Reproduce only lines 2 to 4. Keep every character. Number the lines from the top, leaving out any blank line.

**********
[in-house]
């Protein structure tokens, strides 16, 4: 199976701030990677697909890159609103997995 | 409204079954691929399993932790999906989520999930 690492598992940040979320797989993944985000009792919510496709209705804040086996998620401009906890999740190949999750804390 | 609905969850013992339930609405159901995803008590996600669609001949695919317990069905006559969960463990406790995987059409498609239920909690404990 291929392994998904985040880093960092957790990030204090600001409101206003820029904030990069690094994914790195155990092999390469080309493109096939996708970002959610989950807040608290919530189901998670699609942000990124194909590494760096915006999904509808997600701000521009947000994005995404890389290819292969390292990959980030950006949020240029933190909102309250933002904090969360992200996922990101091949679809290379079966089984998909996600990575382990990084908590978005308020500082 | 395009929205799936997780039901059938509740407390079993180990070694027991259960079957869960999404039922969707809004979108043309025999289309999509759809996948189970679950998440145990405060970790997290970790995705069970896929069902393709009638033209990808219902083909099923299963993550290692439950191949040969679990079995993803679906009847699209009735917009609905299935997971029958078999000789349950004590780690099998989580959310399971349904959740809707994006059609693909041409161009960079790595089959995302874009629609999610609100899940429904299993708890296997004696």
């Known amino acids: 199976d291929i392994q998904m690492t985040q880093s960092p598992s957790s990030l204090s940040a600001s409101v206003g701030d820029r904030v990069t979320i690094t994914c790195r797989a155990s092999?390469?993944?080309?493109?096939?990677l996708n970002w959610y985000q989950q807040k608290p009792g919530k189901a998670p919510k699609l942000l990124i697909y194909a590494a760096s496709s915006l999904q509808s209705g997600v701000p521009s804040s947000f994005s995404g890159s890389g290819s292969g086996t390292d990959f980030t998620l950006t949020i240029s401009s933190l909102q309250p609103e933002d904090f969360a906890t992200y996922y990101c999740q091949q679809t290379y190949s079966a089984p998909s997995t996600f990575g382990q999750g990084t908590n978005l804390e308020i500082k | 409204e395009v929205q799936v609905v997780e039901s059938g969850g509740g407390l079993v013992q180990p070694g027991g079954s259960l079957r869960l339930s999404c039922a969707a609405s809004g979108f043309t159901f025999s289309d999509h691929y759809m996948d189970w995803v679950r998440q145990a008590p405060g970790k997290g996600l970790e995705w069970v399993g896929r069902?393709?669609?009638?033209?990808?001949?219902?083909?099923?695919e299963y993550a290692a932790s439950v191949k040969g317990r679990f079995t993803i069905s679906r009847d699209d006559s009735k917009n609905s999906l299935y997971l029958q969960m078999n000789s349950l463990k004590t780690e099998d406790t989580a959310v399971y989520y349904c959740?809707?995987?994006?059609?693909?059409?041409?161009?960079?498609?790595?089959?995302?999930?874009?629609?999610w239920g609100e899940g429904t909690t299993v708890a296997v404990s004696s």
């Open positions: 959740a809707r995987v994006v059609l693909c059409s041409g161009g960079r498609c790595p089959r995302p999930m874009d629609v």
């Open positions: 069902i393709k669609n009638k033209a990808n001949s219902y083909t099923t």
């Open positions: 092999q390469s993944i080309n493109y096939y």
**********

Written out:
């Protein structure tokens, strides 16, 4: 199976701030990677697909890159609103997995 | 409204079954691929399993932790999906989520999930 690492598992940040979320797989993944985000009792919510496709209705804040086996998620401009906890999740190949999750804390 | 609905969850013992339930609405159901995803008590996600669609001949695919317990069905006559969960463990406790995987059409498609239920909690404990 291929392994998904985040880093960092957790990030204090600001409101206003820029904030990069690094994914790195155990092999390469080309493109096939996708970002959610989950807040608290919530189901998670699609942000990124194909590494760096915006999904509808997600701000521009947000994005995404890389290819292969390292990959980030950006949020240029933190909102309250933002904090969360992200996922990101091949679809290379079966089984998909996600990575382990990084908590978005308020500082 | 395009929205799936997780039901059938509740407390079993180990070694027991259960079957869960999404039922969707809004979108043309025999289309999509759809996948189970679950998440145990405060970790997290970790995705069970896929069902393709009638033209990808219902083909099923299963993550290692439950191949040969679990079995993803679906009847699209009735917009609905299935997971029958078999000789349950004590780690099998989580959310399971349904959740809707994006059609693909041409161009960079790595089959995302874009629609999610609100899940429904299993708890296997004696």
């Known amino acids: 199976d291929i392994q998904m690492t985040q880093s960092p598992s957790s990030l204090s940040a600001s409101v206003g701030d820029r904030v990069t979320i690094t994914c790195r797989a155990s092999?390469?993944?080309?493109?096939?990677l996708n970002w959610y985000q989950q807040k608290p009792g919530k189901a998670p919510k699609l942000l990124i697909y194909a590494a760096s496709s915006l999904q509808s209705g997600v701000p521009s804040s947000f994005s995404g890159s890389g290819s292969g086996t390292d990959f980030t998620l950006t949020i240029s401009s933190l909102q309250p609103e933002d904090f969360a906890t992200y996922y990101c999740q091949q679809t290379y190949s079966a089984p998909s997995t996600f990575g382990q999750g990084t908590n978005l804390e308020i500082k | 409204e395009v929205q799936v609905v997780e039901s059938g969850g509740g407390l079993v013992q180990p070694g027991g079954s259960l079957r869960l339930s999404c039922a969707a609405s809004g979108f043309t159901f025999s289309d999509h691929y759809m996948d189970w995803v679950r998440q145990a008590p405060g970790k997290g996600l970790e995705w069970v399993g896929r069902?393709?669609?009638?033209?990808?001949?219902?083909?099923?695919e299963y993550a290692a932790s439950v191949k040969g317990r679990f079995t993803i069905s679906r009847d699209d006559s009735k917009n609905s999906l299935y997971l029958q969960m078999n000789s349950l463990k004590t780690e099998d406790t989580a959310v399971y989520y349904c959740?809707?995987?994006?059609?693909?059409?041409?161009?960079?498609?790595?089959?995302?999930?874009?629609?999610w239920g609100e899940g429904t909690t299993v708890a296997v404990s004696s």
């Open positions: 959740a809707r995987v994006v059609l693909c059409s041409g161009g960079r498609c790595p089959r995302p999930m874009d629609v």